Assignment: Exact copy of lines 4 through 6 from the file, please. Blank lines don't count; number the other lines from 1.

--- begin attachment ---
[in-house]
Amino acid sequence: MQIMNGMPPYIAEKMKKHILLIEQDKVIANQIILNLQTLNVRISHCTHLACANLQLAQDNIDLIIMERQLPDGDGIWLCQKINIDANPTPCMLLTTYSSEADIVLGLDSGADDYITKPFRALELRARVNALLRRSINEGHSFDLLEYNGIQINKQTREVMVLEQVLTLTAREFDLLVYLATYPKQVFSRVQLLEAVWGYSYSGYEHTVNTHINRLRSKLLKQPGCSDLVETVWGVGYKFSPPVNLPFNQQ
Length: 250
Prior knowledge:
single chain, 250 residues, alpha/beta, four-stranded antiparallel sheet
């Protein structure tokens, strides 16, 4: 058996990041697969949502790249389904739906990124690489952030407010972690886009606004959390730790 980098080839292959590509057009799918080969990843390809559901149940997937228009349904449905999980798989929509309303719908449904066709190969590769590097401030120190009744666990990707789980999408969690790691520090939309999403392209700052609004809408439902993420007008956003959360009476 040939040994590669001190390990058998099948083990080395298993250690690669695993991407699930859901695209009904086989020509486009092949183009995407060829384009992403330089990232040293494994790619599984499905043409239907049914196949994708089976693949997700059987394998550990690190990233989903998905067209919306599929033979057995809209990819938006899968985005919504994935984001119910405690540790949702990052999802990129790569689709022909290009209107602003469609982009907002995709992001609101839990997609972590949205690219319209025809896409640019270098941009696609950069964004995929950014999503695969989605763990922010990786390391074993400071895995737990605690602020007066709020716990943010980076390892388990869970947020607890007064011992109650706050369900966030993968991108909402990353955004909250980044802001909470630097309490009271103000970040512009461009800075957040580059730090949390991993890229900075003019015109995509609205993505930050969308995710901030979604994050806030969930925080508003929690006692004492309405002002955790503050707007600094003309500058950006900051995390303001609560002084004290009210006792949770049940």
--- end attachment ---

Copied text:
Prior knowledge:
single chain, 250 residues, alpha/beta, four-stranded antiparallel sheet
């Protein structure tokens, strides 16, 4: 058996990041697969949502790249389904739906990124690489952030407010972690886009606004959390730790 980098080839292959590509057009799918080969990843390809559901149940997937228009349904449905999980798989929509309303719908449904066709190969590769590097401030120190009744666990990707789980999408969690790691520090939309999403392209700052609004809408439902993420007008956003959360009476 040939040994590669001190390990058998099948083990080395298993250690690669695993991407699930859901695209009904086989020509486009092949183009995407060829384009992403330089990232040293494994790619599984499905043409239907049914196949994708089976693949997700059987394998550990690190990233989903998905067209919306599929033979057995809209990819938006899968985005919504994935984001119910405690540790949702990052999802990129790569689709022909290009209107602003469609982009907002995709992001609101839990997609972590949205690219319209025809896409640019270098941009696609950069964004995929950014999503695969989605763990922010990786390391074993400071895995737990605690602020007066709020716990943010980076390892388990869970947020607890007064011992109650706050369900966030993968991108909402990353955004909250980044802001909470630097309490009271103000970040512009461009800075957040580059730090949390991993890229900075003019015109995509609205993505930050969308995710901030979604994050806030969930925080508003929690006692004492309405002002955790503050707007600094003309500058950006900051995390303001609560002084004290009210006792949770049940």